4ESS Toll Switch
4ESS Toll Switch

Just for comparison, here’s the first concentrator/distribution network for the Morris, NJ Electronic Switch test.

Morris Exciters
Morris Exciters

But it wasn’t just the switching that became less expensive.

Policy had something to do with that in in the mid 1950’s Bell started rolling out Direct Distance Dialing (DDD). This allowed bell to reduce the amount of operator staff required to handle calls. They also improved the Traffic Service and Position System (TSPS) too, meaning fewer operators could handle more services.

But the real cost reducer was data circuits. Telephones use trunks and they come in various types such as analog and digital. At first a DS1 had to be provided on two pairs of wires and amplifiers were necessary every so many hundreds of feet. Most people don’t realize it but order DS1 now and it’s delivered via HDSL. Fewer amps, less specialized circuits.

And there was the fiber explosion. Back between the late 1980’s and now they pretty much laid tons of multi-strand fiber optic cables from coast to coast and under the oceans too.

For a point of comparison a 2,500 pair cable was very thick, about the diameter of a 45RMP record. Now a single fiber can carry hundreds of calls and it doesn’t cost nearly as much as it used to because the fiber uses solid state components that don’t burn out after a short lifespan.

Not to mention the proliferation of satellite systems. There are a number of carriers that have orbiting platforms though even the necessity of that has pretty much been relegated to TV remotes.

And it’s going to keep getting more interesting. For example, I found an application from my iPod Touch called Fring. Fring lets you connect to a VoIP provider like Skype for example. Apple has tacitly acknowledged this by turning on Bluetooth on the Touch. So I can get a Bluetooth headset, or earphones for that matter and use them with my iPod Touch.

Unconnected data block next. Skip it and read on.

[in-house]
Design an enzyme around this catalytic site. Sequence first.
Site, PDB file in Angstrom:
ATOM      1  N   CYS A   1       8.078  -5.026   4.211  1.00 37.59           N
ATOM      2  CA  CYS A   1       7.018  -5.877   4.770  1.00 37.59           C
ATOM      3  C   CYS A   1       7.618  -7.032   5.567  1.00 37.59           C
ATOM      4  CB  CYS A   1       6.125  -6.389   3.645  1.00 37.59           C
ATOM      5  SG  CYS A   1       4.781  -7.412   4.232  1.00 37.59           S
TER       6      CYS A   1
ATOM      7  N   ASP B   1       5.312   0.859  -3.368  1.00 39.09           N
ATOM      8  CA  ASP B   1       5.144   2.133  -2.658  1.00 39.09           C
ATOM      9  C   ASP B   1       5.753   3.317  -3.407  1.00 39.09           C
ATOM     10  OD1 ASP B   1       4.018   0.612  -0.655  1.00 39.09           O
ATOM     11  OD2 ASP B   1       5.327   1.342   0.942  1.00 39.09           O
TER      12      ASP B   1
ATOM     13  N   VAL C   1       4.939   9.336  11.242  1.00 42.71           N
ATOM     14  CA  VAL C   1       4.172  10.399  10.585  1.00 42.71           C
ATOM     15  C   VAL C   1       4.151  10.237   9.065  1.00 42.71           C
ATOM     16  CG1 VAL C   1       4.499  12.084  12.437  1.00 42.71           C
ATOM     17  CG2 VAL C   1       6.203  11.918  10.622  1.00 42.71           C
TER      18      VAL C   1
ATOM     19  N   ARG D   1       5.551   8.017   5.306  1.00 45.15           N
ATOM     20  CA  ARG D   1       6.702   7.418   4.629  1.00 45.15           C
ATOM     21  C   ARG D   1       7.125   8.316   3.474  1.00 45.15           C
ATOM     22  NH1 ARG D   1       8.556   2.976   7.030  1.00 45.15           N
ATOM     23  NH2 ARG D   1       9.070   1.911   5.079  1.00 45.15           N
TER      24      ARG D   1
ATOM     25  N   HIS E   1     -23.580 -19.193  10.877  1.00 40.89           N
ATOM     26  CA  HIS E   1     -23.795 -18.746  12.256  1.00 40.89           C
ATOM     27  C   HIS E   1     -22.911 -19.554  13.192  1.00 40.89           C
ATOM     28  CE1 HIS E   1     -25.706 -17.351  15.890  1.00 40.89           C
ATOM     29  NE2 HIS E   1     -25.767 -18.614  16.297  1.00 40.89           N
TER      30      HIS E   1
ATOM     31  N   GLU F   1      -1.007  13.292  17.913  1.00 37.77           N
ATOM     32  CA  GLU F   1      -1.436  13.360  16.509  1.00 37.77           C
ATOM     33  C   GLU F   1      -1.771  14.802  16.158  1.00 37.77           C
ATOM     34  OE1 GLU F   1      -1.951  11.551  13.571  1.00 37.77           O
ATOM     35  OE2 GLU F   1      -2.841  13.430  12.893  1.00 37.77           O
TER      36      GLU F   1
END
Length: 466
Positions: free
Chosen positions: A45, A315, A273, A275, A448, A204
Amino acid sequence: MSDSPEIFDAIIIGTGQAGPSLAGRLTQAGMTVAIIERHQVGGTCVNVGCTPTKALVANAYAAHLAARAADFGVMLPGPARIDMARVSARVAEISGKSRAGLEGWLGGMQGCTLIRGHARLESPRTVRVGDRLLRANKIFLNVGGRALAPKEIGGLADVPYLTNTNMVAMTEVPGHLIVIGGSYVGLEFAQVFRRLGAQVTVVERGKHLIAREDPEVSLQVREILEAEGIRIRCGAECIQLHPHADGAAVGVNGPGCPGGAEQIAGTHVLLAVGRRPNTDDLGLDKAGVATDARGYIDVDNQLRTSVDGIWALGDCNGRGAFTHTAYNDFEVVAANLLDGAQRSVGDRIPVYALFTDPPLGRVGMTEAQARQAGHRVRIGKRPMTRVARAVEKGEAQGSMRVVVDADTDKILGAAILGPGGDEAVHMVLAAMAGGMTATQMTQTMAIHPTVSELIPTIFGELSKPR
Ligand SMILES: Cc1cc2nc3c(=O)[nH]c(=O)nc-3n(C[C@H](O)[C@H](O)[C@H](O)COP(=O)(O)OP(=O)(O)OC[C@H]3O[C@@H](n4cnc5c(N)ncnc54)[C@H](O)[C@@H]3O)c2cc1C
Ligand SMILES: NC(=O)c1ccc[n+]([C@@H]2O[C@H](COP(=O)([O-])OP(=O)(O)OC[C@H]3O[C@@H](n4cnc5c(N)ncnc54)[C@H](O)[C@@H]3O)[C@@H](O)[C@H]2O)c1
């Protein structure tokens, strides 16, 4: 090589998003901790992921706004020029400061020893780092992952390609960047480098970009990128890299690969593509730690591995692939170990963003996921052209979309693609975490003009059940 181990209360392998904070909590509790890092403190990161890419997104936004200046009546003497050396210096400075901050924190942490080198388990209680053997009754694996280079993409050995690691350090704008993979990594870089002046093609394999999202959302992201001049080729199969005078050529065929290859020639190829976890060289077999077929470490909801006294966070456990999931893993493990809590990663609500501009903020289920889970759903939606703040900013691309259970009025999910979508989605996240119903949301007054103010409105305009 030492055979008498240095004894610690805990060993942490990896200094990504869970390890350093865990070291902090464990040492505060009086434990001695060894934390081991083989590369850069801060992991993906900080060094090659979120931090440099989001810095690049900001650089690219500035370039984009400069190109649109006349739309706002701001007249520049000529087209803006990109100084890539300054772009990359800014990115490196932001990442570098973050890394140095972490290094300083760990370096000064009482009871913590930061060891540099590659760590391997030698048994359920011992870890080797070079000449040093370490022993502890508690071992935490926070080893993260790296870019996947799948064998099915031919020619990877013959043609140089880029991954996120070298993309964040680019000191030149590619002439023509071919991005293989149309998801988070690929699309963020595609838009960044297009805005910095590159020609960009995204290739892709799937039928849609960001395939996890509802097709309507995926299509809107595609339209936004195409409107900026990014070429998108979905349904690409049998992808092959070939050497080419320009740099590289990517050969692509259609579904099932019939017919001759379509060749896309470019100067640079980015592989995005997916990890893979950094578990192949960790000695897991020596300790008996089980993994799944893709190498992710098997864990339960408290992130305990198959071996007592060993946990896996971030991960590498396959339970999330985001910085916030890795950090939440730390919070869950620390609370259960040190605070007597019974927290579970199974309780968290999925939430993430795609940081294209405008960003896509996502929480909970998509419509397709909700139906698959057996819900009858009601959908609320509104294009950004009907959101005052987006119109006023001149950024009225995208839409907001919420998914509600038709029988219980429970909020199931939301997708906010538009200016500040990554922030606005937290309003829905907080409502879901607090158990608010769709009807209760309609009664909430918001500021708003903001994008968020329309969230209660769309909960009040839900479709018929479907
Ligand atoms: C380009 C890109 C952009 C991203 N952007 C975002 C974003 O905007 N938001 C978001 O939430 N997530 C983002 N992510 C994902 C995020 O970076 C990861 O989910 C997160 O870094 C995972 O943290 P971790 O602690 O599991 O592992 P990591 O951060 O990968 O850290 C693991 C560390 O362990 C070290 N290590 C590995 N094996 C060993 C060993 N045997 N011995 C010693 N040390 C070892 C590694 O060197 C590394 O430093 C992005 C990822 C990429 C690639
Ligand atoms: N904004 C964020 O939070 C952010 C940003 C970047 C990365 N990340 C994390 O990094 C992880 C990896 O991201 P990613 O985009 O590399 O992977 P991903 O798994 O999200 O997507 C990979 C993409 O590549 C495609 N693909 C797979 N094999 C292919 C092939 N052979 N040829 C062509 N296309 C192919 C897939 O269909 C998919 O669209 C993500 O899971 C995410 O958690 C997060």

And wherever there’s Wi-Fi, I can call to my hearts content. And there is a shitload of Wi-Fi in my city.

Fring on the iPod Touch
Fring on the iPod Touch

New Rule: If America Can’t Get it Together, We Lose the Bald Eagle

Very good analysis of what is going on in the United States at the moment. I want the Democratic party to slide left and stop trying to be just like the Republicans.

But I know that will never happen. Or at least it won’t happen until we assert ourselves as citizens and once and for all tell the corporations that we are not theirs to control.

You really want to modify a constitution, insert these words in the 14th Amendment “These rights do not apply to corporations.” Seven simple words but it would change the whole political environment.

We can do it, the Obama camp showed us how with one of the best fund raising machines ever. Except we the people do our own, and get our own people obligated to us alone into office. We can do it, and we’ll have to pay for it but the payoff is immeasurable.
Read the Article at HuffingtonPost

Providence is getting streetcars again

They were ripped out in 1948 but a streetcar line is coming back to Providence. I was trolling the RIPTA meeting notes and I saw that they’ve now obtained $75 million to begin on a new streetcar line.

Streetcars are low speed, 8-12MPH. But they get people around.

Portland Street Car
Portland Street Car

RIPTA is also planning out a Bus Rapid Transit (BRT) route or three. That would be great too. The below is an example of Boston’s BRT, the Silver Line:

BRT Silver Line
BRT Silver Line

They’re doing a lot of this with stimulus money btw. So the stimulus is working despite what the naysayers might say.

They’re also committed to buying 163 new hybrid buses. The thing that cracks me up is that a normal bus gets about 3MPG, the hybrid boosts that to 7MPG which still nets RITPA a significant fuel saving over the years.

And from what I hear, the predominant hybrid method isn’t the kludge they use on cars, but instead there are electric motors at the wheels, and a smaller diesel engine attached to a generator keeps a battery array charged. So it runs less overall. This is the system that trains use except they just skip the battery part and send the current right to the drive wheels.